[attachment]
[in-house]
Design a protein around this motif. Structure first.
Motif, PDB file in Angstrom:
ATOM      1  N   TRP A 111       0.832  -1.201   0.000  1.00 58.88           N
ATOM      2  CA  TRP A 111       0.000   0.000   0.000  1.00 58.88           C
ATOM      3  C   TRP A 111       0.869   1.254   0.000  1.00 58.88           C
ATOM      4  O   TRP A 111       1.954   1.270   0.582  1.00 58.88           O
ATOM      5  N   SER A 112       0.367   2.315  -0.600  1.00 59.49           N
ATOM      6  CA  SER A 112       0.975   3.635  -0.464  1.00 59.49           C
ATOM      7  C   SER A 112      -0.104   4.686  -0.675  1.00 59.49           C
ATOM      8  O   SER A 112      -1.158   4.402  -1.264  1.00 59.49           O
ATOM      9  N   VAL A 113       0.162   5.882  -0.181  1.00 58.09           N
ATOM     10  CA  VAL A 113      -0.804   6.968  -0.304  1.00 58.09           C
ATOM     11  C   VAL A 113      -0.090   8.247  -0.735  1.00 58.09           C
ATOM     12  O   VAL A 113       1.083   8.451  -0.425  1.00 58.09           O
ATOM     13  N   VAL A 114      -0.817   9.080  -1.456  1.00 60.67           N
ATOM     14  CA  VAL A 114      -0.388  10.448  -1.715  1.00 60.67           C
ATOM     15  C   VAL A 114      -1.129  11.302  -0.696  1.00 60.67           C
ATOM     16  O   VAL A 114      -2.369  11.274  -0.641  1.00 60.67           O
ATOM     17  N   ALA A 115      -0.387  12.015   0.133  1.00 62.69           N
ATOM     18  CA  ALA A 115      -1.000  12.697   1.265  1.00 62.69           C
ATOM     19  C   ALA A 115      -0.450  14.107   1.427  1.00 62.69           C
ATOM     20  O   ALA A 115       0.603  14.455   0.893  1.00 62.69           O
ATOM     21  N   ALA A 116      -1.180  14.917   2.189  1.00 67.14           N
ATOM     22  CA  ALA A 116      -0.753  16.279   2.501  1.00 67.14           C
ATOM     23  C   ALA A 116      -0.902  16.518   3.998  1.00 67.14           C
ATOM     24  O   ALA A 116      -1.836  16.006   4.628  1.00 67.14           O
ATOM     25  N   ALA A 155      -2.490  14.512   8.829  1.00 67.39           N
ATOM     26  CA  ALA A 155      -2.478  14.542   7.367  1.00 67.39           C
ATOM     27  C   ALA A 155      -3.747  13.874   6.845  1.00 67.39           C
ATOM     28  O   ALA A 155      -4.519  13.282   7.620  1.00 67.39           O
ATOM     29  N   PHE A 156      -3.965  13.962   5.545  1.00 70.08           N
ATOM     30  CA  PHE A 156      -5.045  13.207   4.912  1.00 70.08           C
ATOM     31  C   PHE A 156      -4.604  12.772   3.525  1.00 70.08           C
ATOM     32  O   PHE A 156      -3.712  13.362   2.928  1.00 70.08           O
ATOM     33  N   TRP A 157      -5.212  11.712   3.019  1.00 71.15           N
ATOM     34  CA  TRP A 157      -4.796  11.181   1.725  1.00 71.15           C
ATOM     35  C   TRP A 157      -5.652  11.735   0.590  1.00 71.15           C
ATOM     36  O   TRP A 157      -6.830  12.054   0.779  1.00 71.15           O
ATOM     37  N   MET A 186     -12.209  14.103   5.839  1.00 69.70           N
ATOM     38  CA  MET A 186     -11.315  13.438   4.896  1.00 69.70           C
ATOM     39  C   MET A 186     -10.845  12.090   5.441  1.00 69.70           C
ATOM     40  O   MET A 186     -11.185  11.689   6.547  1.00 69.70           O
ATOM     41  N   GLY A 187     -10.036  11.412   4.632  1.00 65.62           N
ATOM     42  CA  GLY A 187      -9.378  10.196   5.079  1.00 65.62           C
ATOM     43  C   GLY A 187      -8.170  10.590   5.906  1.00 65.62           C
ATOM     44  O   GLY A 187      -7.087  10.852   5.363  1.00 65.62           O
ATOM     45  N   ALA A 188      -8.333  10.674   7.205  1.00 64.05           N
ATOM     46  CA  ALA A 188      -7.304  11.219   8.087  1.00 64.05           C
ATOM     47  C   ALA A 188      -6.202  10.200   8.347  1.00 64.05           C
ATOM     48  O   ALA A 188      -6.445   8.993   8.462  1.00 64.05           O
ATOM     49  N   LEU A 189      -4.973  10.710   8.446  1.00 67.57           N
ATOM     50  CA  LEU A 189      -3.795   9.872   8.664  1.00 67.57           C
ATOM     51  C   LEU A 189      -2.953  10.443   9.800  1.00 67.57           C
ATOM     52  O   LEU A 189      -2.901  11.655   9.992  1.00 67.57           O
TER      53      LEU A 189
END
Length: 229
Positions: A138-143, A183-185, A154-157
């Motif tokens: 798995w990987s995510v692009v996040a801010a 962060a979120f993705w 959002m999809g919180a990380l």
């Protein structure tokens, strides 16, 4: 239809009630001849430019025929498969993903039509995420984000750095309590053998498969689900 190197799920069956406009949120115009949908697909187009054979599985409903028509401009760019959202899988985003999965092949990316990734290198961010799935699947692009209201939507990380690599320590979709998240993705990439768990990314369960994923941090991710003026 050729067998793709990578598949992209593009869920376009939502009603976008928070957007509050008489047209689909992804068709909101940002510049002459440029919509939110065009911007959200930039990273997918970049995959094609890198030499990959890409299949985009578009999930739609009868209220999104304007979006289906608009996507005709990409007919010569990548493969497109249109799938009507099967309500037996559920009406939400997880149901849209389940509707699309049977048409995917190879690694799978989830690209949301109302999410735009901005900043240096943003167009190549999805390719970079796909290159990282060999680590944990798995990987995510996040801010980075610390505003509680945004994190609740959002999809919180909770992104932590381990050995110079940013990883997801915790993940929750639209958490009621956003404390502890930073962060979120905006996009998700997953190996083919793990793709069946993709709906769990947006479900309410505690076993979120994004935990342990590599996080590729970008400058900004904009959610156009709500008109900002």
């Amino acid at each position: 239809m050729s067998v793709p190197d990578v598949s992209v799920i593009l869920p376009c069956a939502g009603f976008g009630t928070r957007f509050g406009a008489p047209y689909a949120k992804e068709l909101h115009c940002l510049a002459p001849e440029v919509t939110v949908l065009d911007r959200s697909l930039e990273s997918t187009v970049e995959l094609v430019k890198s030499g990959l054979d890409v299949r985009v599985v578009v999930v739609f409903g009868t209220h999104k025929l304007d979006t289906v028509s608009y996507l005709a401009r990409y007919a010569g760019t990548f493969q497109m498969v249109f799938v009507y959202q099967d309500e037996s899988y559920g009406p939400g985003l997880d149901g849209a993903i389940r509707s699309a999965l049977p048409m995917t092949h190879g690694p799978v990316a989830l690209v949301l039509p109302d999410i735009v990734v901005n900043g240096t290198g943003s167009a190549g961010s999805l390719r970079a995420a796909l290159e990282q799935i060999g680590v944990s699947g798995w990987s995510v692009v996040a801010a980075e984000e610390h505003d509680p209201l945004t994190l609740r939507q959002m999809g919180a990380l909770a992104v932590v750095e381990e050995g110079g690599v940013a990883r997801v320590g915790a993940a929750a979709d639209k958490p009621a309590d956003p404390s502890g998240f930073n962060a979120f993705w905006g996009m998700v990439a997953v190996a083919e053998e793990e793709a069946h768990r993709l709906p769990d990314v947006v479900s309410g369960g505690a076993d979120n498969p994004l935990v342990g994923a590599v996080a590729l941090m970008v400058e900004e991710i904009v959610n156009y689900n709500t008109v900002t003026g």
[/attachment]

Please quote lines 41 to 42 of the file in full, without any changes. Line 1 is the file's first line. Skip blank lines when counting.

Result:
ATOM     38  CA  MET A 186     -11.315  13.438   4.896  1.00 69.70           C
ATOM     39  C   MET A 186     -10.845  12.090   5.441  1.00 69.70           C